Mention the word ‘research’ in the creative department of an ad agency and you may hear the sound of swords being drawn.
Historically, creative people have often feared and scorned research for misunderstanding them and their ideas. In the glory days of TV advertising, everyone had a story to tell about the best ad idea ever, being shot down in research.
I remember when HHCL released the famous Tango Orangeman ad in the early 90s, there was lots of chatter around town that it had bombed in research but luckily valiant admen prevailed and the ad aired. I’m not sure the story is true – I don’t even know if the ad was researched – but that was the mood back then. And the ad’s still worth a watch for a laugh.
Times have changed but the two camps often still circle each other cautiously. Why is this? It doesn’t really make sense.
Creativity is all about questioning and challenging. Questioning the world around us and the way people think and behave. Challenging the status quo. Looking for alternative interpretations and answers. Presenting thinking in new light. Creativity when put to commercial purposes, such as advertising, is all about questions. As the legendary Robin Wight of WCRS advised, “interrogate the product until it confesses to its strength”. That’s research.
In trying to define research, I think most would agree that it’s logical, precise and analytical. People talk about it needing to be representative – if it’s not, it’s anecdotal, and suddenly it isn’t valid research anymore. It has to exist in a rigid framework. Creativity, however, is intuitive, subjective, impossible to define and measure – so as a process, perhaps the opposite of research. But is process important? To a point, but really it’s about the results.
Research has the power to catalyse creativity and point it in the right direction. We worked with a fitness brand on a new app some time ago. The client came to us before they’d confirmed exactly how the app would work – which was the right time to ask questions. We kicked off with some research around fitness apps in general: what worked, how people used them, and perhaps the most important question: ‘how do you know when you’re making progress towards your fitness goals?'.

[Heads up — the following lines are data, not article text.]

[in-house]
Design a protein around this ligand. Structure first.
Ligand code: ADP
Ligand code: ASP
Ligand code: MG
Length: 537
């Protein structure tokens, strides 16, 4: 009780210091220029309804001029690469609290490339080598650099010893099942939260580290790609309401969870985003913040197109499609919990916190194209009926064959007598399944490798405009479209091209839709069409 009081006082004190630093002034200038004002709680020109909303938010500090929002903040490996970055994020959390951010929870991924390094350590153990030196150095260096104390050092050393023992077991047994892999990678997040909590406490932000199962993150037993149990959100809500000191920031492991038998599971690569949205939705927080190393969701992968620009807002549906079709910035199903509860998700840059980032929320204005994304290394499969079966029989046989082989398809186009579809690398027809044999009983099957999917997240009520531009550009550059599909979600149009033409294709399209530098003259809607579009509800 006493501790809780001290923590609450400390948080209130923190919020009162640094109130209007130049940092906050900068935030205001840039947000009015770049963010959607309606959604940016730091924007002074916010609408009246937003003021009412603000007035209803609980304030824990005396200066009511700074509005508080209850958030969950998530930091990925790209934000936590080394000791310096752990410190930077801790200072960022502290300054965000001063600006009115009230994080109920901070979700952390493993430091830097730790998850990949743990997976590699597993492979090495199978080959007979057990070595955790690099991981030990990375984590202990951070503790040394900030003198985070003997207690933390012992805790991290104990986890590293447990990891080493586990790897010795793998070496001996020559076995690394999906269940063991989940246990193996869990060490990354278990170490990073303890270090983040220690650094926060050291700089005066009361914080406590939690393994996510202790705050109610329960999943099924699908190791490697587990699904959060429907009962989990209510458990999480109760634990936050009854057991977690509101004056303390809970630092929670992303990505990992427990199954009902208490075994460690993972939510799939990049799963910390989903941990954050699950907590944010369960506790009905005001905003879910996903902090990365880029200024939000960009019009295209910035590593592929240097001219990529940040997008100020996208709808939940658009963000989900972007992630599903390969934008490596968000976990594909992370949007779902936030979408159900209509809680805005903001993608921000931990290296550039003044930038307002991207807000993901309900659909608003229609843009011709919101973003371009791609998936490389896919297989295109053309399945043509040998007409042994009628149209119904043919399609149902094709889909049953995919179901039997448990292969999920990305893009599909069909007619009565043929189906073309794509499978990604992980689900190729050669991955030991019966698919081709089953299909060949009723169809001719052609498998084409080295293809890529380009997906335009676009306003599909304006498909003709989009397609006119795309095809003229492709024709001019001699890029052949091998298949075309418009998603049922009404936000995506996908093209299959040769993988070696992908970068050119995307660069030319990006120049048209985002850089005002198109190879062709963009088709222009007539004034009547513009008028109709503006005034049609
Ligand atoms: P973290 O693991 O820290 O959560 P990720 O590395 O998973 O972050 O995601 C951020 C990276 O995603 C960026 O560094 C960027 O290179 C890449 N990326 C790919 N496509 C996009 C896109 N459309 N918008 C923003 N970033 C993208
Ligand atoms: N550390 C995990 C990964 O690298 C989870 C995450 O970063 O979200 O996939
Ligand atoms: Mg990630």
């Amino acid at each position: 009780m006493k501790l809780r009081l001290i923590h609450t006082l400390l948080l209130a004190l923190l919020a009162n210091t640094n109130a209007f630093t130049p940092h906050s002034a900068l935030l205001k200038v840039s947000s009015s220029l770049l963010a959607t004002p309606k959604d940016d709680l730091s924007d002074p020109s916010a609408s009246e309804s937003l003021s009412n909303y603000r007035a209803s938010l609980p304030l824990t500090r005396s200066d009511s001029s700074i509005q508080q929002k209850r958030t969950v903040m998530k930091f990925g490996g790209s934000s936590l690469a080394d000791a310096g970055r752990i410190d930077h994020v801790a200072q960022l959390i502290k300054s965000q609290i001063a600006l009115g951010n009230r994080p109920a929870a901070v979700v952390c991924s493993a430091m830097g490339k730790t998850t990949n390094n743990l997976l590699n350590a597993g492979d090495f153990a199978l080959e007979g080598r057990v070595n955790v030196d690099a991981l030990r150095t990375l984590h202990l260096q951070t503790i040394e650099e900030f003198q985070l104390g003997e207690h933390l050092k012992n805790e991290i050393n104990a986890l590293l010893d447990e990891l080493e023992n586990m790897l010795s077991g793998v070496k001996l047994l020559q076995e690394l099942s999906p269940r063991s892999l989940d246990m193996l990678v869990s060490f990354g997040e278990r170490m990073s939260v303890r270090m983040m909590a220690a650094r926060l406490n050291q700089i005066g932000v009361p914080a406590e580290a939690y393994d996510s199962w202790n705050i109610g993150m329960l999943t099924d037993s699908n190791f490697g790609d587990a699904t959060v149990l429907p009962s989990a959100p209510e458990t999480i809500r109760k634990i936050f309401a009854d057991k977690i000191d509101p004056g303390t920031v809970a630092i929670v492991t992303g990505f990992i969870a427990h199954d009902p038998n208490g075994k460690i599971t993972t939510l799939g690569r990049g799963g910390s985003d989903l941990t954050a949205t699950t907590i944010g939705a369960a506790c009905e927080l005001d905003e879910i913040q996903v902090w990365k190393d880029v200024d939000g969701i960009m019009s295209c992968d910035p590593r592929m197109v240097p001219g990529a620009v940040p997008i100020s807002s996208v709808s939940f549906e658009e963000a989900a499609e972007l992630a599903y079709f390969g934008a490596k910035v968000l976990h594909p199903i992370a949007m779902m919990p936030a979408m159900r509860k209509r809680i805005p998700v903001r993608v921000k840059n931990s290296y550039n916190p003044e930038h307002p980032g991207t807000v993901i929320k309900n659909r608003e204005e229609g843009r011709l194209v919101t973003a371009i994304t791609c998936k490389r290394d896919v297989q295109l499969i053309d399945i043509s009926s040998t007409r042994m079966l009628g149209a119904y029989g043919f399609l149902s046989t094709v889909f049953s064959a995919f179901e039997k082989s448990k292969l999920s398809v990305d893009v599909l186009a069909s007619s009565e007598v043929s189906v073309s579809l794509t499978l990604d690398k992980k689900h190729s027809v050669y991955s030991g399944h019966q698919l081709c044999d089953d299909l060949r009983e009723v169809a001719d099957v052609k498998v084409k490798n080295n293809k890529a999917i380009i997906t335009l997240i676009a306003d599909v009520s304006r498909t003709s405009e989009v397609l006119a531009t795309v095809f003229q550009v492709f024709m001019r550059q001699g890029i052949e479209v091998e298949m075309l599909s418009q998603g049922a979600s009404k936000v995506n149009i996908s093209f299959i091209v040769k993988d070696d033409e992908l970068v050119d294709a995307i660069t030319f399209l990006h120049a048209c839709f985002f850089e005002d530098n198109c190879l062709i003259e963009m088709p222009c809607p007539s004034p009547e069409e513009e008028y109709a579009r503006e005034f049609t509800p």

We thought we’d hear back about lots of sophisticated technical features and benefits, how the apps motivate and measure performance. What we actually heard was that the key measure of all apps in the category was either a set of bathroom scales or a mirror. From app to analogue! That little leap of insight became the brief and springboard for creative thinking about how the app would really work. Without the research, the product, and brand, would probably have tried to outsmart competitive offers at a tech level.
The creative world shouldn’t fear research. Research is a great tool. When it goes wrong it’s because of human error. It’s not about simply asking punters if they think a product or an ad is any good. How can they be expected to understand all the target audience and commercial objective nuances that lead to a particular idea?
On top of that, any normal sane person is going to be a bit suspicious when stuck in a windowless room and interrogated about a lemonade ad by some bloke in thick glasses. Done right, however, research reveals insight, not ‘yes’ or ‘no’ answers. And insight is the perfect partner for creativity.